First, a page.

VCHS Musical Theater pulls out all the stops for Les Miserables
January 08, 2014Between a state-of-the-art sound system, a brand new light display, and a dedicated cast that has spent months rehearsing one of the most beloved musicals of all time, Valley Center High School's production of Les Miserables is shaping up to be a knockout show.
"Bottom line, this is arguably the greatest musical ever written," said Marc Wasserman, director of the production. "When you're dealing with the education of students, why not go with the best?"
From Jan. 10–12 there will be four presentations of Les Miserables at the Maxine Theater, which has never been performed in Valley Center before.
Les Miserables, known to fans simply as "Les Mis," follows the story of Jean Valjean, an ex-con in revolutionary-era France who goes on a long and arduous journey of redemption. To make up for his criminal past, Valjean transforms himself into a factory-owner and mayor, but he is haunted by Javert, the chief of police who doggedly pursues Valjean in the hope of bringing him to justice. As he makes his way through the turbulent political scene around him, Valjean also looks after Cosette, the daughter of one of his factory workers.
The story is certainly compelling, but Les Mis is celebrated most of all for its rousing songs, which are both inspirational and heartbreaking. VCHS Musical Theater's presentation of the musical will be no small feat, but Wasserman is entirely confident that his crew can pull it off.
"It's going to be a great show and I'm sure everyone's going to be impressed, especially with the youth talent here in Valley Center," he said. The cast is made up of about 30 student students who have spent a total of 3,000 hours preparing for the production since Sept. What's even more remarkable is the fact that many of the leading roles will be played by lowerclassmen.
Kyle Stroud will be in the starring role of Jean Valjean, Maggie Ryan will play Fantine, Jeffrey Yarush will be Javert, Violet Myers will play Eponine, and Bradley Petite will be Marius. The role of Cosette has been double cast, with Alexandria Baum and Isabella Oraha alternating as the crucial character for the four performances.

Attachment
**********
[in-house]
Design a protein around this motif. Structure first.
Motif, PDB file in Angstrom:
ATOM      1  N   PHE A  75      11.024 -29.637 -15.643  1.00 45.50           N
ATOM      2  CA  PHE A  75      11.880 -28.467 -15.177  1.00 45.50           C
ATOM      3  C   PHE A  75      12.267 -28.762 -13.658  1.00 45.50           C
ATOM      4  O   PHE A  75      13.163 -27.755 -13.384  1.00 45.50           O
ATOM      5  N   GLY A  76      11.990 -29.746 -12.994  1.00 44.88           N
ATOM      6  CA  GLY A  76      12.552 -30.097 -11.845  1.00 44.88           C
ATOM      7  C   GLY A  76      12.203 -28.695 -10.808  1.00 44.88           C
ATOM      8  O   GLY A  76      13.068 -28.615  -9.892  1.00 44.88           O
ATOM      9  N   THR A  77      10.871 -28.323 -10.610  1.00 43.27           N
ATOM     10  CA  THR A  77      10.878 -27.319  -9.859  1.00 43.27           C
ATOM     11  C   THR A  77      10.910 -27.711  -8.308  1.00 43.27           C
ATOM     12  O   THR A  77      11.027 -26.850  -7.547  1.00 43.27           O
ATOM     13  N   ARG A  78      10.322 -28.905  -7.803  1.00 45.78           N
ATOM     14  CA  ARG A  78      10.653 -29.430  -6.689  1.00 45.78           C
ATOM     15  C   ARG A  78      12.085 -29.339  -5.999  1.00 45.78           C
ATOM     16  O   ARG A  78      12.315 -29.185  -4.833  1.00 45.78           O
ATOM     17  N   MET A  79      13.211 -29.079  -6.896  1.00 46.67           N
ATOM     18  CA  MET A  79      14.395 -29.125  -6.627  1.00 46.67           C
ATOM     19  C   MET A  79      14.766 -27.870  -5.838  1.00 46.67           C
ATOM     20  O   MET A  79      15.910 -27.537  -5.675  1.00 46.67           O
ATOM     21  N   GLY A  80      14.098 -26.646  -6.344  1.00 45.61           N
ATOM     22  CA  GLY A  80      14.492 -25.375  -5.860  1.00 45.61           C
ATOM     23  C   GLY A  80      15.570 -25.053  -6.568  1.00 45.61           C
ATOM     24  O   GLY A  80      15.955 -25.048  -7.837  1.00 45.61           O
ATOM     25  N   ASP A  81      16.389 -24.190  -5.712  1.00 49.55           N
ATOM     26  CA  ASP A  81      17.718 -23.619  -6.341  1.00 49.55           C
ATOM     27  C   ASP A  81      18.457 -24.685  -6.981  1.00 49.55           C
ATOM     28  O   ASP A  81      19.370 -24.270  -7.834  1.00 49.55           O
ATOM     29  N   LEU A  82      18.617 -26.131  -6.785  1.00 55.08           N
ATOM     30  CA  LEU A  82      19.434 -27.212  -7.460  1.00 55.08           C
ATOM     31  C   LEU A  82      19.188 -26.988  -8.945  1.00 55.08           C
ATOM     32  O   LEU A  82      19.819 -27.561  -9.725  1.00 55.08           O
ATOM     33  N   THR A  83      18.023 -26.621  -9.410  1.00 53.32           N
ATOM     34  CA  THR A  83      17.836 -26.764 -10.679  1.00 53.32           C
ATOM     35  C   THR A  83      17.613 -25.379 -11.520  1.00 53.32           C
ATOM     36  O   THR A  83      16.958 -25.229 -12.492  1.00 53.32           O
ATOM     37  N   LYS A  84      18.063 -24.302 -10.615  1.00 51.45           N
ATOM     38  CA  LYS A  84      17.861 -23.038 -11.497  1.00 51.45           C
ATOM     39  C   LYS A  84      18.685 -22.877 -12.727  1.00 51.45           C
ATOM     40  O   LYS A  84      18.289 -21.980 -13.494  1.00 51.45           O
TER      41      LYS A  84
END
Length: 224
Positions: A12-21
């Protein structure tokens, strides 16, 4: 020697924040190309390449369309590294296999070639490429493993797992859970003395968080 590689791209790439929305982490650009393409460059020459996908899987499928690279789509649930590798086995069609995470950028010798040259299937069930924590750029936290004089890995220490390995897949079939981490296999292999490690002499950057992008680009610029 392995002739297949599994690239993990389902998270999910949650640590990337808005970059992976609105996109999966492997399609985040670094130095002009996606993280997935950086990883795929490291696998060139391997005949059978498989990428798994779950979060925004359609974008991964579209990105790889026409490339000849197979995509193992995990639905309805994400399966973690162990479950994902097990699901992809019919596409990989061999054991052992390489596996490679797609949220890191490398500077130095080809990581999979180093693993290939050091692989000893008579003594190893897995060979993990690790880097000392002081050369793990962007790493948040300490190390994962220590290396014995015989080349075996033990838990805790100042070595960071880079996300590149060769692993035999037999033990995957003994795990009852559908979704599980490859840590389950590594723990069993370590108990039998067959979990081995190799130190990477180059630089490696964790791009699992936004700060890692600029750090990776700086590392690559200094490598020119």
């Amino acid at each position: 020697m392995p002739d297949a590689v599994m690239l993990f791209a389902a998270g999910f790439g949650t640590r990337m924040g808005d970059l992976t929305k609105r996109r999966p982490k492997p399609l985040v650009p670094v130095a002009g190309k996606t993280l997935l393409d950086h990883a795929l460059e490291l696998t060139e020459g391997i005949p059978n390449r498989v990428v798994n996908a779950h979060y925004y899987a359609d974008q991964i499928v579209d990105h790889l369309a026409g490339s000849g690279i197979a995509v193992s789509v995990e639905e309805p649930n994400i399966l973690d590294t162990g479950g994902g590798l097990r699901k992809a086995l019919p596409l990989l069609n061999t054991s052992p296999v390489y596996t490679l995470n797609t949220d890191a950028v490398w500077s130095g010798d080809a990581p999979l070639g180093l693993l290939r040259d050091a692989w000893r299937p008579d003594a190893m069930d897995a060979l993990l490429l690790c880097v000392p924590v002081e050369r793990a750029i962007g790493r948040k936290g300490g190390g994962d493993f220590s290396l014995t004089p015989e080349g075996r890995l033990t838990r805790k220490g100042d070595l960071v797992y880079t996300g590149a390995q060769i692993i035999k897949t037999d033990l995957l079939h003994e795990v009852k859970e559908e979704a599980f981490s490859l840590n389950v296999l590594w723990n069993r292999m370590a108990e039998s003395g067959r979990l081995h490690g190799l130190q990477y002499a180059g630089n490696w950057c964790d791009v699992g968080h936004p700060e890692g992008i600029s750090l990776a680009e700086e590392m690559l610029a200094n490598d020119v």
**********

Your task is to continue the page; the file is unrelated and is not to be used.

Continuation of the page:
The high school rendition of the musical has been slightly cut down from the Broadway version, with about 30 minutes of additional verses and some of the racier scenes shaved off. Wasserman estimates the entire performance, including intermission, will run for about 2 hours and 20 minutes.
Tickets can be purchased online or at the door. There will also be concessions in the lobby, including snacks, drinks, and candygrams.
Les Mis will also feature some groundbreaking new equipment at the Maxine Theater. The new LED lighting display is sure to dazzle the audience, especially when it shines on the detailed sets constructed by Carey Soghomonian and Tim Pennell.
This will also be the theater department's first production with OrchExtra, an electronic MIDI sound program that allows Wasserman to carefully adjust the soundtrack to match the performers. There will be no live orchestra for the performance, but Wasserman has already tried the new system through the Maxine's sound system and is absolutely convinced that it's the way to go.
"I guarantee the music for this show is going to be powerful, sound great, and be everything this show deserves," he said.
Wasserman has been involved in theater for 20 years, but this will be his first time directing a show at VCHS. He is taking the reins from Laralee Beck, who stepped down this year for personal reasons.
"I have big shoes to fill and I'm just hoping to make her proud," said Wasserman.
Les Mis will run at 7 p.m. on Jan. 10 and 11, and at 2:30 p.m. on Jan. 11 and 12. Tickets are $15 for adults and $12 for children under the age of 10, seniors, and military.
For more information on the performance, visit ww.maxine.vcpusd.net or call 760-749-7390.